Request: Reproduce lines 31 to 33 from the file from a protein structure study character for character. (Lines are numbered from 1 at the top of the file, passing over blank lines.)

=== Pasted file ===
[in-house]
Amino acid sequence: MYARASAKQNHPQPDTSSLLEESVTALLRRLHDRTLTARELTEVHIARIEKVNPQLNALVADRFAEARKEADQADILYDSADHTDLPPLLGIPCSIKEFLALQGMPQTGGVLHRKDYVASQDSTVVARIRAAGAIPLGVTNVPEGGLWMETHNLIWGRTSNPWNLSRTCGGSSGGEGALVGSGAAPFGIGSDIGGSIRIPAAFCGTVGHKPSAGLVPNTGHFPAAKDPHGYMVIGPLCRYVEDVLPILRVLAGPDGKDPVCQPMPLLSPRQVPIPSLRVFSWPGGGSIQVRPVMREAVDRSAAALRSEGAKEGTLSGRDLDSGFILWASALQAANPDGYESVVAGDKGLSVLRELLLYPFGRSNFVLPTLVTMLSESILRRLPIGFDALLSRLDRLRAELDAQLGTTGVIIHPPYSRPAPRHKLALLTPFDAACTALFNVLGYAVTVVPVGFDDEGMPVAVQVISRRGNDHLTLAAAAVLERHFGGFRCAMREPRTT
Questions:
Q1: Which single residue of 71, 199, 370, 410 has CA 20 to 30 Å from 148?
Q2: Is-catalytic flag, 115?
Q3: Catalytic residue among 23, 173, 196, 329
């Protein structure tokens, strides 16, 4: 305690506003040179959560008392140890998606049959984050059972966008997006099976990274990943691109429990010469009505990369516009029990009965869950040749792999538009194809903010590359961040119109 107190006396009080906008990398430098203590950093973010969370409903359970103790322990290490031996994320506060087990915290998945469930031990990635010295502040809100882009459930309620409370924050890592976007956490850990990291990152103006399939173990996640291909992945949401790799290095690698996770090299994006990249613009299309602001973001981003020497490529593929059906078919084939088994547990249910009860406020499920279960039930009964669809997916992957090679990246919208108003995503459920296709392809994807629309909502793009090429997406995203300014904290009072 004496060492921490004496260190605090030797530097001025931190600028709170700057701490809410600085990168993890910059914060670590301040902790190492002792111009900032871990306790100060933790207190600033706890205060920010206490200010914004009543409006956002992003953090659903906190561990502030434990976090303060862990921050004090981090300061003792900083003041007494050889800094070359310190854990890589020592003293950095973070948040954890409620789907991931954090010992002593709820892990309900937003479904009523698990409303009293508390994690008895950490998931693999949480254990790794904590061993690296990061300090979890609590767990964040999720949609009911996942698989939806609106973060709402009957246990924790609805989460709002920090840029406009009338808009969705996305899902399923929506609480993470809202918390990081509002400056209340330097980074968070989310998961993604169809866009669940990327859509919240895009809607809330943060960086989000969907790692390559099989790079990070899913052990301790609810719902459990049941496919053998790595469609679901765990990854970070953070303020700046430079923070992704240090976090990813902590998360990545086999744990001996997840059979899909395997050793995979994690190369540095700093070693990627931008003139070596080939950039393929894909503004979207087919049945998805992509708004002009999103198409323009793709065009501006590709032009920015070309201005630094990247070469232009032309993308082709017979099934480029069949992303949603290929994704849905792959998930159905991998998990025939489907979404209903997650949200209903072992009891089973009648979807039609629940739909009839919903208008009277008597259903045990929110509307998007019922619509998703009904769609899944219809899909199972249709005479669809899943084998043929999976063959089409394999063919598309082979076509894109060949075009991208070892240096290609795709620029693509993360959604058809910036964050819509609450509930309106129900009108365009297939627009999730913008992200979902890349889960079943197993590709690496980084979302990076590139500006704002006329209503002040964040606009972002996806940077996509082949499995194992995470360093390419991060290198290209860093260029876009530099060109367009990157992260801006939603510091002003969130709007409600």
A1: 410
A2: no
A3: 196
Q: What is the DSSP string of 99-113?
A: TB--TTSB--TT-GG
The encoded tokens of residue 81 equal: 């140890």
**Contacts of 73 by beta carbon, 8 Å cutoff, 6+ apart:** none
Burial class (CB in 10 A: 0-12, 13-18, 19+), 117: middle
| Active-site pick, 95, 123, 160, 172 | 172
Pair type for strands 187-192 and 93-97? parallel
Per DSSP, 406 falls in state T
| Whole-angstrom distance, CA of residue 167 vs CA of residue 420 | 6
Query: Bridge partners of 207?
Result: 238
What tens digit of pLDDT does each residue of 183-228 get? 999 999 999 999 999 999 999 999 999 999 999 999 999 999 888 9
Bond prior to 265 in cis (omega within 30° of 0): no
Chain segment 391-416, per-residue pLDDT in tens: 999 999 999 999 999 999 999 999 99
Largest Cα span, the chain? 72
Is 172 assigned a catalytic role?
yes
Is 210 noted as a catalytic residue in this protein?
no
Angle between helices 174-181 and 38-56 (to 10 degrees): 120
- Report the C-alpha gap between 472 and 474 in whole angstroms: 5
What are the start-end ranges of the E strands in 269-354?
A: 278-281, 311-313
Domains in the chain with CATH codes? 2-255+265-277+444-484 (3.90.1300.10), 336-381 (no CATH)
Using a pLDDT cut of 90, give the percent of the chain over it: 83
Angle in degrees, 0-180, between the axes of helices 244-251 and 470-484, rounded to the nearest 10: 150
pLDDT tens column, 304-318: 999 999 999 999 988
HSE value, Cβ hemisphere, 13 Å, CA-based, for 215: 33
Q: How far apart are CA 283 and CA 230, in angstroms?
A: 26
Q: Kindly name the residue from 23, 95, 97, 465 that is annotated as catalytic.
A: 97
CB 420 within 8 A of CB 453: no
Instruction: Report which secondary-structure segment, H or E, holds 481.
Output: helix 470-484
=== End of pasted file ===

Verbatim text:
- Report the C-alpha gap between 472 and 474 in whole angstroms: 5
What are the start-end ranges of the E strands in 269-354?
A: 278-281, 311-313